A legal dispute between Bowling Green business Lowe’s Feed and Grain and former Bowling Green city inspector Rick Maxwell that dates back to 2002 will get another day in court.
Warren Circuit Judge John Grise will hold a bench trial at 12:30 p.m. Nov. 26, with the main issue being whether Maxwell acted in what’s called “subjective bad faith” in his dealings with feed mill owner Don Lowe in relation to 2002 code violations and a power outage that shut down Lowe’s business for 17 months.
Grise decided to hold a bench trial after both parties submitted briefs arguing for either a bench trial or a jury trial.
Lowe sued Maxwell and the city of Bowling Green in 2007, and a Warren County jury in 2012 awarded him $850,000 in compensatory damages and $120,000 in punitive damages.
That verdict was overturned by the Kentucky Court of Appeals, which ruled the city had legal immunity and was effectively shielded from liability and also eliminated the punitive damages. The case was remanded back to circuit court.
Grise found in 2016 that Lowe’s due process rights were violated by Maxwell’s failure to promptly notify Lowe “in writing, as soon as possible of the specific code violations at the building and how to remedy them,” and restored the $850,000 verdict against Maxwell.
Last year, the state appeals court reversed that decision and again remanded the case back to the circuit court.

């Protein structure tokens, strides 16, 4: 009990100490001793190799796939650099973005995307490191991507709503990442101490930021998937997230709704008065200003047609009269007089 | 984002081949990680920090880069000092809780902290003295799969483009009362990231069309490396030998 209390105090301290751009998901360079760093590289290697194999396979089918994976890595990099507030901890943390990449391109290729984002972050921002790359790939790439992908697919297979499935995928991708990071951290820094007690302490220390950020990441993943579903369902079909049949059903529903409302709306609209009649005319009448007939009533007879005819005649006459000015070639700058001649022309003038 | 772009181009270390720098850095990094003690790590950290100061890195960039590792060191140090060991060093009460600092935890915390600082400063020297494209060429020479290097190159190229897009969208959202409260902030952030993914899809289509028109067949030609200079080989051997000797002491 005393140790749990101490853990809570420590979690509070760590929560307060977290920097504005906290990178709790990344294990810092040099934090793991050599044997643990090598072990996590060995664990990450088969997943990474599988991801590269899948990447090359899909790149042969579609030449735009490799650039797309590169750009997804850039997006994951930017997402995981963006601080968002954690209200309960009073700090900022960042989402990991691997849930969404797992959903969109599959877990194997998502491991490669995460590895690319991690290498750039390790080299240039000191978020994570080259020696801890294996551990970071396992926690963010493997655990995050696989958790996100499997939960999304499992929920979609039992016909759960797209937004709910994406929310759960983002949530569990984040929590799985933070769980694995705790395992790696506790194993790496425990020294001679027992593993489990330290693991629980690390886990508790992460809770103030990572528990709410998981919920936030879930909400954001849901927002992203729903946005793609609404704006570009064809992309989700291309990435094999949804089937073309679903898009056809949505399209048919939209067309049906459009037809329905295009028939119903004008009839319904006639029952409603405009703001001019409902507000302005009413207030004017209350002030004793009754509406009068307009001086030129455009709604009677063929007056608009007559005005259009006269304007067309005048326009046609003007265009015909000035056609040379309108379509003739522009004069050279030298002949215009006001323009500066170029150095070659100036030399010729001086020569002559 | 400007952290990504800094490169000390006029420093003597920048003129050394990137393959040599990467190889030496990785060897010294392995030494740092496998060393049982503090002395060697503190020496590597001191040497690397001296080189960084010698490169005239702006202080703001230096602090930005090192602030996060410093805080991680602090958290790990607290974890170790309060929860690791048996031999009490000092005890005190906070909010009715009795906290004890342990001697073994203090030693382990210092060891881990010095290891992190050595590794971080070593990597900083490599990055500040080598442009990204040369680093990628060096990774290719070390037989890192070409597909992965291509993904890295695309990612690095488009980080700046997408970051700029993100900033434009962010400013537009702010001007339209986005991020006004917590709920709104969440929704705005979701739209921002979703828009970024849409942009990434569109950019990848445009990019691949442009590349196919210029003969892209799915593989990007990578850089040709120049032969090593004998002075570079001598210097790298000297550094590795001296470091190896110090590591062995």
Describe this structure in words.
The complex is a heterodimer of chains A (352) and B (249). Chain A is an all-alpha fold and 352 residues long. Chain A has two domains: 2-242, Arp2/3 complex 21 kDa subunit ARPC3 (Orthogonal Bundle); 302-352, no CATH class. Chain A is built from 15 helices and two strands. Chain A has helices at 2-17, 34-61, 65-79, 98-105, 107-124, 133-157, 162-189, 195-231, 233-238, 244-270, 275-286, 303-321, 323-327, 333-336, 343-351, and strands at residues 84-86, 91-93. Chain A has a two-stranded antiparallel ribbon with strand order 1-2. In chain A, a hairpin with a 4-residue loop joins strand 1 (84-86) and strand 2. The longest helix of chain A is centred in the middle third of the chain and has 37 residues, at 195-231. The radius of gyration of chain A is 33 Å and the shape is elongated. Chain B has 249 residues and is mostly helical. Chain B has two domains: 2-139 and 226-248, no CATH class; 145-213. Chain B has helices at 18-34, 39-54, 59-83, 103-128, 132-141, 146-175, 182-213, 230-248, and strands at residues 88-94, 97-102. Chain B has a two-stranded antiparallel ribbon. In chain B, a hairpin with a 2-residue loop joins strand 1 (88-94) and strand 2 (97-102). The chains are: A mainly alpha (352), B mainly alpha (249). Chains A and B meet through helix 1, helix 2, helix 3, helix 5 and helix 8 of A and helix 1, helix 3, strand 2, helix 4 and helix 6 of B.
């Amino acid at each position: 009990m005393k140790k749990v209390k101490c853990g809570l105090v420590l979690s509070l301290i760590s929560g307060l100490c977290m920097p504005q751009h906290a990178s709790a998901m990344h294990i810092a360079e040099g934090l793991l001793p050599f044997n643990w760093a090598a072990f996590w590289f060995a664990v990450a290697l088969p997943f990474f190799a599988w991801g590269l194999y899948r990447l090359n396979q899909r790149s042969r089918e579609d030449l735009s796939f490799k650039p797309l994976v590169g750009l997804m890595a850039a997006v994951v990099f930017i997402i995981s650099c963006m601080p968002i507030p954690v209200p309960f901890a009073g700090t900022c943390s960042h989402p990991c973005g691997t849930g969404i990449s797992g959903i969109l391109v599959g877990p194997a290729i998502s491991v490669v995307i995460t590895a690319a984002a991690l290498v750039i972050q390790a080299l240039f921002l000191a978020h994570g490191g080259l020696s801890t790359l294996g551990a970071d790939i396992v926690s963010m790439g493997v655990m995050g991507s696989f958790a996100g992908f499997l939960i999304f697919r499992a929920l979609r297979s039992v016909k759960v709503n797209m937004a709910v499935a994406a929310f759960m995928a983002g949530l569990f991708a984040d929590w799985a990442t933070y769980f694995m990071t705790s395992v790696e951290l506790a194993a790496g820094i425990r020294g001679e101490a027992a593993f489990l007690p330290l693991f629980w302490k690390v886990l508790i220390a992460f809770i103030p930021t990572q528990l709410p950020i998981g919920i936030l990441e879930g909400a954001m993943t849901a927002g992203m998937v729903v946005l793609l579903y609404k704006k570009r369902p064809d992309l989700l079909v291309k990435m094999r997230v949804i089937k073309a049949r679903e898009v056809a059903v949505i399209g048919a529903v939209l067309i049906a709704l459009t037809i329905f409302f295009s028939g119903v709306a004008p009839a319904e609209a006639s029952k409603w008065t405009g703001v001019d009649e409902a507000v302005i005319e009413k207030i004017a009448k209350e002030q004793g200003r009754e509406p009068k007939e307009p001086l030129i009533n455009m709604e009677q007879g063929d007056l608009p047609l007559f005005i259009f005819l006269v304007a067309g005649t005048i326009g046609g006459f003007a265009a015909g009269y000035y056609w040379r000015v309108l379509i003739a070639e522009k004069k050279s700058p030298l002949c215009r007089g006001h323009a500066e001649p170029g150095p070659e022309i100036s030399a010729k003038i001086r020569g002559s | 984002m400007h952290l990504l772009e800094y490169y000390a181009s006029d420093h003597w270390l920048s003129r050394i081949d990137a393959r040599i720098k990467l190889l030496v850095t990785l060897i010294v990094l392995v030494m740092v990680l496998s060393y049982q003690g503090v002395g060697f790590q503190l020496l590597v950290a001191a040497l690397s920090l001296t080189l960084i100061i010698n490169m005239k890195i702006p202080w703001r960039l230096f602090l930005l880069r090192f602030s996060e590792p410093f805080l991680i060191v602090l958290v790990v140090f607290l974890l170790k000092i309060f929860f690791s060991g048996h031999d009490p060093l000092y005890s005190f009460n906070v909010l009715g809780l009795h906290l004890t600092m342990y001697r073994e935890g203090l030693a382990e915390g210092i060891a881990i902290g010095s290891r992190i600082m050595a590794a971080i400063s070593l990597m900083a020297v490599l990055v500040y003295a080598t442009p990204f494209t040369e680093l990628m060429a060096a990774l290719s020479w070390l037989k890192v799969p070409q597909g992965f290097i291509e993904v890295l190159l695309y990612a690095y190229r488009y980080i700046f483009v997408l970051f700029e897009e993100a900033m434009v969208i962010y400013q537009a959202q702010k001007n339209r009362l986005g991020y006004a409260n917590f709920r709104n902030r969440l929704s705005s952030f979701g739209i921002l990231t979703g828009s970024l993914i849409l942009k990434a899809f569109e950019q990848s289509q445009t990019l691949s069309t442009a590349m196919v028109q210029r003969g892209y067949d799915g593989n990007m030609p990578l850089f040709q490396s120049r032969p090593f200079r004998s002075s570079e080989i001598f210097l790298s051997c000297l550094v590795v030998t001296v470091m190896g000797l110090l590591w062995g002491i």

Grise directed the two parties to attempt to resolve the dispute in mediation, but mediator Henry L. Stephens was unable to get the two sides to compromise.
Now, in what Lowe’s attorney Charles Greenwell hopes will be a final resolution of a case he has been involved with for 12 years, Grise will be responsible for ruling on evidence that Maxwell did or did not act in bad faith.
Greenwell, who supported a bench trial in his brief, was encouraged to see one scheduled. “It has been seven years since the original jury verdict,” Greenwell said. “There was absolutely nothing wrong with that verdict.”
Lowe’s attorney contends his client is entitled to the $850,000 awarded in 2012, plus interest.
“The judge has to appreciate the fact that the jury in the original trial came back with punitive damages,” Greenwell said. “They found clear and convincing evidence of malice.
“We have a case where the judge and the jury are on the same page. It’s hard to imagine the judge would all of a sudden reverse himself.”
Maxwell, who is represented by attorney Tom Kerrick, has argued that Lowe hasn’t provided any evidence supporting the claims of bad faith.
The dispute started in 2002, when Maxwell concluded the feed mill was unsafe because of multiple electrical code violations. He ordered that electricity not be restored until the building was brought into compliance.
Lowe has contended that Maxwell withheld accurate information about the repairs needed to bring the feed mill into compliance.
Greenwell said his client wants the case resolved so he can continue operating the family-owned business.
“I’ve never seen a case where justice was delayed so long,” the attorney said. “As crippled as his company was (after the 17-month shutdown), he’s still in business today. He’s intent on salvaging the family-owned company. He’s determined to see this through.”
– Follow business reporter Don Sergent on Twitter @BGDNbusiness or visit bgdailynews.com.